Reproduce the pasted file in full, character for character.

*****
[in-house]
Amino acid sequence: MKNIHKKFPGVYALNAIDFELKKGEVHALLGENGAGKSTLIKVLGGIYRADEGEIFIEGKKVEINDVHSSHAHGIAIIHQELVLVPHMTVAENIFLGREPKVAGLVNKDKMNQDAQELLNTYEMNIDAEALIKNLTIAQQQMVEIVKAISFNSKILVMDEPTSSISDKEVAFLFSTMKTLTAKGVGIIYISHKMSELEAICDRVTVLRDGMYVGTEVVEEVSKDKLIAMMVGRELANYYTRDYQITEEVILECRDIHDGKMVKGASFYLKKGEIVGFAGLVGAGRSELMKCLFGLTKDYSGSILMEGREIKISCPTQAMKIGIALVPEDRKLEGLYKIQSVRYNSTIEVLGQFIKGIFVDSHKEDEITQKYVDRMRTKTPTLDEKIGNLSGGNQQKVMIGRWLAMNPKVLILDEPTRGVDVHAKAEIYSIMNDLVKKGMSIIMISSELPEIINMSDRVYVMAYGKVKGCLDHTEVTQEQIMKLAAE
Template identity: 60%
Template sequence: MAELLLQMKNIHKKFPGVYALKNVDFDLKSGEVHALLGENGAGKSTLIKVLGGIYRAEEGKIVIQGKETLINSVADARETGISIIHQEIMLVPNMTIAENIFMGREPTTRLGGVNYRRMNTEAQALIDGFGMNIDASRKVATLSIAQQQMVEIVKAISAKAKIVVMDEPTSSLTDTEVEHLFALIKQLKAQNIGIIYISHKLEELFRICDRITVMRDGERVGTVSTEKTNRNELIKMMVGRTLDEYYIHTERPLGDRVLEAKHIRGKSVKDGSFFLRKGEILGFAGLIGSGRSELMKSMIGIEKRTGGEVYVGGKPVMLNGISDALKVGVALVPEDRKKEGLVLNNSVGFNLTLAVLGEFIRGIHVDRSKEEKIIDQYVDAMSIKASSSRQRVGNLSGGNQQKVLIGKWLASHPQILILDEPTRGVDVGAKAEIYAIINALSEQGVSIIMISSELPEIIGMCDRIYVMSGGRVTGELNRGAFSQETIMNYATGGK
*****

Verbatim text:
[in-house]
Amino acid sequence: MKNIHKKFPGVYALNAIDFELKKGEVHALLGENGAGKSTLIKVLGGIYRADEGEIFIEGKKVEINDVHSSHAHGIAIIHQELVLVPHMTVAENIFLGREPKVAGLVNKDKMNQDAQELLNTYEMNIDAEALIKNLTIAQQQMVEIVKAISFNSKILVMDEPTSSISDKEVAFLFSTMKTLTAKGVGIIYISHKMSELEAICDRVTVLRDGMYVGTEVVEEVSKDKLIAMMVGRELANYYTRDYQITEEVILECRDIHDGKMVKGASFYLKKGEIVGFAGLVGAGRSELMKCLFGLTKDYSGSILMEGREIKISCPTQAMKIGIALVPEDRKLEGLYKIQSVRYNSTIEVLGQFIKGIFVDSHKEDEITQKYVDRMRTKTPTLDEKIGNLSGGNQQKVMIGRWLAMNPKVLILDEPTRGVDVHAKAEIYSIMNDLVKKGMSIIMISSELPEIINMSDRVYVMAYGKVKGCLDHTEVTQEQIMKLAAE
Template identity: 60%
Template sequence: MAELLLQMKNIHKKFPGVYALKNVDFDLKSGEVHALLGENGAGKSTLIKVLGGIYRAEEGKIVIQGKETLINSVADARETGISIIHQEIMLVPNMTIAENIFMGREPTTRLGGVNYRRMNTEAQALIDGFGMNIDASRKVATLSIAQQQMVEIVKAISAKAKIVVMDEPTSSLTDTEVEHLFALIKQLKAQNIGIIYISHKLEELFRICDRITVMRDGERVGTVSTEKTNRNELIKMMVGRTLDEYYIHTERPLGDRVLEAKHIRGKSVKDGSFFLRKGEILGFAGLIGSGRSELMKSMIGIEKRTGGEVYVGGKPVMLNGISDALKVGVALVPEDRKKEGLVLNNSVGFNLTLAVLGEFIRGIHVDRSKEEKIIDQYVDAMSIKASSSRQRVGNLSGGNQQKVLIGKWLASHPQILILDEPTRGVDVGAKAEIYAIINALSEQGVSIIMISSELPEIIGMCDRIYVMSGGRVTGELNRGAFSQETIMNYATGGK